Roberts, R., & Robinson, J. S. (2018). The motivational changes pre-service agricultural education teachers endure while facilitating quality supervised agricultural experiences:  A six-week project-based learning experience. Journal of Agricultural Education, 59(1), 255-270.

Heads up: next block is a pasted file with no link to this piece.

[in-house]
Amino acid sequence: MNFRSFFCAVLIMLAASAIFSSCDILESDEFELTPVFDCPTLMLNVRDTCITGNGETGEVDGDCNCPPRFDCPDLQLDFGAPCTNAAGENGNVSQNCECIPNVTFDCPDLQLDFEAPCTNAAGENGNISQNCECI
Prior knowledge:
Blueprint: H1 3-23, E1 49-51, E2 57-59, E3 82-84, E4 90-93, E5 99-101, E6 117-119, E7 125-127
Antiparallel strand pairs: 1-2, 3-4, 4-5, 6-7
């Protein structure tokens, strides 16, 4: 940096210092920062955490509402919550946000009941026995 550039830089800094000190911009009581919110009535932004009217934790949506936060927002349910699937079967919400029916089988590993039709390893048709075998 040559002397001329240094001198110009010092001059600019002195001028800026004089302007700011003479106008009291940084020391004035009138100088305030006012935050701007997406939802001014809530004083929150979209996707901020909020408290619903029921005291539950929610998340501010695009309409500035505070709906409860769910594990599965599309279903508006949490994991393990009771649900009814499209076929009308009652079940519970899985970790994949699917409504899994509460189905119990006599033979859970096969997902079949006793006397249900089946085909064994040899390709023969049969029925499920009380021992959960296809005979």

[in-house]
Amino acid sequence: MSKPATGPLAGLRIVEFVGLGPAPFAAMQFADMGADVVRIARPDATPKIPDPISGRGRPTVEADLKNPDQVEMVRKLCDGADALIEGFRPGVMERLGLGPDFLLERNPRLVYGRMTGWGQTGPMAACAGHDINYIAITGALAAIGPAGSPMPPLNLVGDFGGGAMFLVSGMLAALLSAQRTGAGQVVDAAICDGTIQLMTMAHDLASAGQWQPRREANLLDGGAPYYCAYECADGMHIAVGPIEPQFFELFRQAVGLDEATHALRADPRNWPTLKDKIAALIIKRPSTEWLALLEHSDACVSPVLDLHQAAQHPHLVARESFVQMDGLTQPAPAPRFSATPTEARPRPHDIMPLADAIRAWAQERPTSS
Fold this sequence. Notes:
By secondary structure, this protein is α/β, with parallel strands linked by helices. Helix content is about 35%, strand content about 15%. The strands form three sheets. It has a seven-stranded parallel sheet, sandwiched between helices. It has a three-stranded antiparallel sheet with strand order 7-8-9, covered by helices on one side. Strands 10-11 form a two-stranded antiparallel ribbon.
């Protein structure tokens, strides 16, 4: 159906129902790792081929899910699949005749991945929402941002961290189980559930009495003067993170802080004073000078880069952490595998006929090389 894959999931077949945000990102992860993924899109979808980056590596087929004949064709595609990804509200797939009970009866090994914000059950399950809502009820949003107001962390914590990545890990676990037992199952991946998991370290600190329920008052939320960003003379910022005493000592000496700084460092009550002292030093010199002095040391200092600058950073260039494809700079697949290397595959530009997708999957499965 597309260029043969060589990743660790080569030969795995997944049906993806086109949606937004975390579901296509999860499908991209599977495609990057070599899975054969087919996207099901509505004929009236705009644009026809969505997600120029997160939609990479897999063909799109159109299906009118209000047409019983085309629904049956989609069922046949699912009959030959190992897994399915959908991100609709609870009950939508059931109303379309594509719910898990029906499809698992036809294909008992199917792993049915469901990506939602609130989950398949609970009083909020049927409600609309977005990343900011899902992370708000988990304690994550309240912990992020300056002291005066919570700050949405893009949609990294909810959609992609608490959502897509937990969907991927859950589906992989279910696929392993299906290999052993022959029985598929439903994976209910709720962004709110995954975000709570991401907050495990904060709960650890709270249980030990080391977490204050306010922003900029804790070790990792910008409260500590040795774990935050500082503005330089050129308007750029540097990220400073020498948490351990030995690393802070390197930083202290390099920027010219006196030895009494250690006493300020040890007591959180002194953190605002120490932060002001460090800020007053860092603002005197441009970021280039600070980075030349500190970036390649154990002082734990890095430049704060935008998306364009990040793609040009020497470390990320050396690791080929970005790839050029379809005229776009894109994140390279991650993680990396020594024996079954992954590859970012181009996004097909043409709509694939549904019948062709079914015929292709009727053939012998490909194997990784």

The Planning the Community Program in Agricultural Education course exists to provide pre-service teachers in agricultural education with knowledge about FFA and supervised agricultural experiences (SAEs).  As such, pre-service teachers embarked on a six-week project-based learning experience in Spring 2016 in which they raised a pen of broilers from a one-day old chick to harvest ready (42 days).  The broilers were used as the context to learn about managing data for entrepreneurial SAEs.  This case study examined pre-service teachers’ motivation regarding their self-reported beliefs and perspectives for participating in the project.  Three themes emerged: (a) initial self-ambition, (b) achievement stagnation, and (c) stabilized self-concept.  Students began the project with high motivation and excitement.  However, toward the midway point of the project, students’ motivation waned, due to monotony and challenges.  Finally, during the last two weeks, pre-service teachers’ motivation stabilized, as their self-concepts and reflection abilities matured.  The study holds important implications for how teacher educators in agricultural education should design and deliver future project-based learning experiences regarding students’ motivational processes.  Specifically, this study indicates that, although student motivation may fluctuate at various stages, it is developed and sustained in a successive manner over time.

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